Infertility is becoming much too familiar in today’s society. Unfortunately, it is not uncommon to hear stories from close friends or family members that are undergoing the barrage of tests and alternative pregnancy methods such as In Vitro Fertilization (IVF) and Intrauterine Insemination (IUI). In many cases, these costly procedures end up being the last resort for couples. But that doesn’t mean that there is nothing to be done before (or even during!) this process.In cases where male infertility is suspected or it has been confirmed that the male partner is contributing to unsuccessful pregnancy outcomes, there may be hope. If physical and anatomical obstructions are ruled out as causes, sperm disorders are the most common problem. Sperm disorders refer to one of the following: Low sperm count: not enough sperm are being produced or maturedImpaired motility: the sperm are not moving properlyImproper morphology: the sperm are abnormally shaped If we know we are dealing with one of these problems, or any combination of the 3, there are many interventions to consider. A plethora of research has found that lifestyle and dietary factors contribute to sperm disorders and male infertility. For example, higher levels of heavy metals such as lead, mercury and cadmium have been correlated with lower sperm motility and sperm counts. Here is a more comprehensive list of factors that have been linked to male infertility through impaired sperm quality and quantity: – smoking– alcohol– psychological stress– heavy metal toxicity– pesticide exposure and environmental pollutants– obesity or being underweight– nutrient-poor diets (ie. high in sugary drinks and processed foods) What is the common thread among all of these factors? For starters, they all contribute to increased reactive oxygen species (ROS) and diminish the mitochondrial function of sperm. By quitting smoking, reducing alcohol, removing processed foods and by exercising, we improve mitochondrial function, prevent damage to sperm and ultimately increase the sperm parameters. Lifestyle and dietary changes are clearly paramount for optimal outcomes and timely results. However, research has found that additional nutrients may be helpful for male infertility. Here are some of the most promising: Vitamin E: Vitamin E is a fat-soluble antioxidant that has been shown to protect the sperm cell membrane from damage. Studies have found that vitamin E helps to improve sperm motility and lead to better fertilization in those with a reduced number of sperm cells. A full blend of tocopherols and, ideally, tocotrienols should be supplemented as opposed to the sole synthetic form dl-alpha-tocopherol. Moreover, vitamin E in combination with other nutrients such as selenium, zinc, copper and vitamin C has been found beneficial in cases of oxidative stress (ie. smoking or environmental pollutants). Omega-3 Fatty Acids: Compared with infertile men, fertile men tend to have higher blood levels and sperm levels of omega-3 fatty acids. The ratio of omega-6 fats (such as those found in corn) to omega-3 fats (such as those found in fish) also tends to be much lower in fertile males, indicating a healthier balance of fatty acids in the body – a ratio that has been correlated to much more than fertility measures. For men with the worst sperm parameters, one study found that supplementation with omega-3s significantly increased sperm count and sperm concentration. Considering the widespread health benefits associated with optimal omega-3 status, in addition to fertility implications, supplementation should be considered. L-Carnitine: L-Carnitine is perhaps the best-recognized nutrient therapy for male infertility. In fact, a 2010 study found that L-carnitine should be considered a first step treatment in cases of male infertility with no known cause, either in combination with, or instead of, the pharmaceutical drug most often used to treat male infertility, clomiphene citrate. Within the body, carnitine is known for transporting fatty acids into the mitochondria, thereby helping to create cellular energy. L-Carnitine directly supports the mitochondrial function of sperm, leading to better motility and quality sperm. However, one study found L-carnitine had less of a benefit on sperm parameters in smokers when compared to non-smokers, confirming the necessity of smoking cessation in infertility cases. Ashwagandha: Also known as Withania somnifera, this adaptogenic herb is best known for its ability to treat stress and reduce anxiety. But it has also been described in ancient Indian Ayurvedic medicine as an aphrodisiac capable of treating male sexual dysfunction and infertility. A 2013 placebo-controlled study confirmed this ancient wisdom by showing significant improvements in sperm parameters after 3 months of treatment intervention. Specifically, a 167% increase in sperm co ...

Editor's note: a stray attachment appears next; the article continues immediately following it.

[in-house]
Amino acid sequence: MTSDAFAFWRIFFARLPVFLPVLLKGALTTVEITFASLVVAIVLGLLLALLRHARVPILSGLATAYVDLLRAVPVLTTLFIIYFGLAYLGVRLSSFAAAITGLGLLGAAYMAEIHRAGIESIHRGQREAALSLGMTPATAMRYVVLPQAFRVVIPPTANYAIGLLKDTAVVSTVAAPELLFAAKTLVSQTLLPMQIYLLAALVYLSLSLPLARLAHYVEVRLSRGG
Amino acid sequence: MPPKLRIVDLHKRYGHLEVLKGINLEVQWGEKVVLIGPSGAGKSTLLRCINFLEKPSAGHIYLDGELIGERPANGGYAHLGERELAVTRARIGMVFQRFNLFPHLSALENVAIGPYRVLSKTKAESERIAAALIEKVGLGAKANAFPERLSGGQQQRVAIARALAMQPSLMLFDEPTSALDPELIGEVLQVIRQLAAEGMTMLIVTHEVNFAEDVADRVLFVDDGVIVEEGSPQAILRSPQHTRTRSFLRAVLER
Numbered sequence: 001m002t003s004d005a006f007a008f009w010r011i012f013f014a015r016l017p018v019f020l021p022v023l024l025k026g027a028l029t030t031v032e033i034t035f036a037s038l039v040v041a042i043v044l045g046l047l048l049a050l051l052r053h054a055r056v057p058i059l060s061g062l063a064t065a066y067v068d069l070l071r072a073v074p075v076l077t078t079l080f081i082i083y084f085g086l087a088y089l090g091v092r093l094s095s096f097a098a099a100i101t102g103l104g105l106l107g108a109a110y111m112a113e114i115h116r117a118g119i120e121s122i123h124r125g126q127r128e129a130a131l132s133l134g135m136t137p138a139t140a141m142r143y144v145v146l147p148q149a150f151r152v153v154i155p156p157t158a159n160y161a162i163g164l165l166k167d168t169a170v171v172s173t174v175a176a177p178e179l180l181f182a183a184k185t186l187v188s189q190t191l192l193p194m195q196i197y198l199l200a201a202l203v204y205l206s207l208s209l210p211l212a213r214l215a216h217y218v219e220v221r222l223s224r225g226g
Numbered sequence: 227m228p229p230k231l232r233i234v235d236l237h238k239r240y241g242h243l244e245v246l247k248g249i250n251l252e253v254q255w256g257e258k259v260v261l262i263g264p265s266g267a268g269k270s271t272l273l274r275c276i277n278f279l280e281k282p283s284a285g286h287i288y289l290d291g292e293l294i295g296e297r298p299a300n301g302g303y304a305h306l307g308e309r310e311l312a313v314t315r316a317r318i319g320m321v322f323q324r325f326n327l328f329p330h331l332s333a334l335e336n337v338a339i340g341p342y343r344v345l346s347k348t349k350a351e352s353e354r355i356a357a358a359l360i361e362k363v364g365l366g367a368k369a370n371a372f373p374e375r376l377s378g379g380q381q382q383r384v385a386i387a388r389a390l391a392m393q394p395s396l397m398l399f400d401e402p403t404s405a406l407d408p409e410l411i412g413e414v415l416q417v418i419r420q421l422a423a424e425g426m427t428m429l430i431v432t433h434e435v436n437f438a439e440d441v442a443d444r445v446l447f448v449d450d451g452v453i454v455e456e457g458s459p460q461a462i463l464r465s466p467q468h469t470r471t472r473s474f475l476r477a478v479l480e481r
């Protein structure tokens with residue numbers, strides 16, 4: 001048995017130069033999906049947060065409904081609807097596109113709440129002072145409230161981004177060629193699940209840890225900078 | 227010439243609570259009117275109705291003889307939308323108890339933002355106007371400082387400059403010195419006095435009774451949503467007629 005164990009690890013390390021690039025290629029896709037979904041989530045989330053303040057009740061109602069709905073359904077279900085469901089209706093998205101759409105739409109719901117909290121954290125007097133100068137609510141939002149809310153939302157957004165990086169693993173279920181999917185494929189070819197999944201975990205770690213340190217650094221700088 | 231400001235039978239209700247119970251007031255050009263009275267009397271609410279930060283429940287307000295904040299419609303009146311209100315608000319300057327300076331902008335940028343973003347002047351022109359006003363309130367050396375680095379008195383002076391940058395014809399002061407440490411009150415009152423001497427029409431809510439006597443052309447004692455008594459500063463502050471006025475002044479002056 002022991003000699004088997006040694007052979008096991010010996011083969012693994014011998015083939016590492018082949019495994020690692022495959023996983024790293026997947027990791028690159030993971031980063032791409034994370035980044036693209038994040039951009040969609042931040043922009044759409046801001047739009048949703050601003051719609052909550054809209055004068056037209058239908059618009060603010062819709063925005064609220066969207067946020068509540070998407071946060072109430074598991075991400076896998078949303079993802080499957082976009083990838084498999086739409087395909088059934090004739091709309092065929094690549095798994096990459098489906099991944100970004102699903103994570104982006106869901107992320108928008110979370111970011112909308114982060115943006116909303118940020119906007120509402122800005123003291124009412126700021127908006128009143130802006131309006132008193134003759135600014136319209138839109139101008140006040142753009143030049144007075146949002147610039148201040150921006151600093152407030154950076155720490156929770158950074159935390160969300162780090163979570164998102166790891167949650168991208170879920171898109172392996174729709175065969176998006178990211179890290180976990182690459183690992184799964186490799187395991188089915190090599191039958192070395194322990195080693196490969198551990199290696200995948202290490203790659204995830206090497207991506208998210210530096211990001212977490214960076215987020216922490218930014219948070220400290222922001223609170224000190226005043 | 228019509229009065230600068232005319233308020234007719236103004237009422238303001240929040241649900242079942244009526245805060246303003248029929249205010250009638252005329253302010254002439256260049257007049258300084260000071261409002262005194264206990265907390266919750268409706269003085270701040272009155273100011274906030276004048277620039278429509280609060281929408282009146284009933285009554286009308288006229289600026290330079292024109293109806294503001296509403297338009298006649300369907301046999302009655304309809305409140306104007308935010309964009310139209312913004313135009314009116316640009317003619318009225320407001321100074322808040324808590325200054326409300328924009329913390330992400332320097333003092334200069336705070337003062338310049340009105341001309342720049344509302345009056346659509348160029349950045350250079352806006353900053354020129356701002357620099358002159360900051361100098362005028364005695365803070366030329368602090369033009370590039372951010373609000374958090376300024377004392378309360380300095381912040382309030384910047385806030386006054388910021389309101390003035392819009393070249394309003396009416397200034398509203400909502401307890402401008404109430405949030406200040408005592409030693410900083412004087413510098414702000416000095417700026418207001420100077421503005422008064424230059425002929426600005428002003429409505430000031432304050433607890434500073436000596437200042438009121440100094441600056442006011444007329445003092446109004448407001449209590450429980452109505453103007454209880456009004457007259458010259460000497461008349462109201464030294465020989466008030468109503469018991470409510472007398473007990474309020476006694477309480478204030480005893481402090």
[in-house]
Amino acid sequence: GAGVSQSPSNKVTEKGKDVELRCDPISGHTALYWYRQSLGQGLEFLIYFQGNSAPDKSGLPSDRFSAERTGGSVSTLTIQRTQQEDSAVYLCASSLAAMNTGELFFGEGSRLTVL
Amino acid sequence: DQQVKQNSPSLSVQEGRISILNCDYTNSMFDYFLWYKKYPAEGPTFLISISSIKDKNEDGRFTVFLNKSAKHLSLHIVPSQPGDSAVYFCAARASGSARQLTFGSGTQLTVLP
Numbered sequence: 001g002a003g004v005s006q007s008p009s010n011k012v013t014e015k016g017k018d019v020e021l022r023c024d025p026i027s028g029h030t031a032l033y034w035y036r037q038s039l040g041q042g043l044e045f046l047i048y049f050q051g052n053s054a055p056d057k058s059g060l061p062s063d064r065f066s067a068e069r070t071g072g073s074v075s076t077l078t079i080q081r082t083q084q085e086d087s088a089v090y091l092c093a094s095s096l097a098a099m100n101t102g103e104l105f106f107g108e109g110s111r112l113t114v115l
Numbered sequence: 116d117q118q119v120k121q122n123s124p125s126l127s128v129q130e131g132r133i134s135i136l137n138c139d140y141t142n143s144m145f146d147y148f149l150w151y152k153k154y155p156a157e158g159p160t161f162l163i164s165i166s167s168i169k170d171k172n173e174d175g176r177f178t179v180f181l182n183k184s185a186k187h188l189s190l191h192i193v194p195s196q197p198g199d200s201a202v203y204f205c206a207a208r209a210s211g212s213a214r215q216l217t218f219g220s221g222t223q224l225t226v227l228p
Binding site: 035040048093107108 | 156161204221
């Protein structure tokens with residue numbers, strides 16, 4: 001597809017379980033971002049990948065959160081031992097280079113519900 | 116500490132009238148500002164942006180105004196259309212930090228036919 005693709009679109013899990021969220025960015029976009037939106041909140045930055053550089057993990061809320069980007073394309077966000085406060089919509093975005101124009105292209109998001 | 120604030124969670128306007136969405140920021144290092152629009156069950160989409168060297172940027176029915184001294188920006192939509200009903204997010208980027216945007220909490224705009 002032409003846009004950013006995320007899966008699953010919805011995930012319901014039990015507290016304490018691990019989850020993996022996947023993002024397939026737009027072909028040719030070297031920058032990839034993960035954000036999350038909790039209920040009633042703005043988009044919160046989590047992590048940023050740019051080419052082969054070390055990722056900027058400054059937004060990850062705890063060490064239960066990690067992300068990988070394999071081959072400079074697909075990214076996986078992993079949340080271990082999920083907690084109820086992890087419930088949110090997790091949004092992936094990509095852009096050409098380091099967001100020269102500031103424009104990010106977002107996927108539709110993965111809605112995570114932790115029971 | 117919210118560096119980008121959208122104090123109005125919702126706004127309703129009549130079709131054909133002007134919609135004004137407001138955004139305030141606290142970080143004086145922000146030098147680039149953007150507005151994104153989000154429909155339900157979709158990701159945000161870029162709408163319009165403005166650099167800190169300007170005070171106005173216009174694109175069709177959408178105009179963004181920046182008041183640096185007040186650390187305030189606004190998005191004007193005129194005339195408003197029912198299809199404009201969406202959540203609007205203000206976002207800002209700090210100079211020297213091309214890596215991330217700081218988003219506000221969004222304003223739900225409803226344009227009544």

5 Foods To Help Manage Your Cholesterol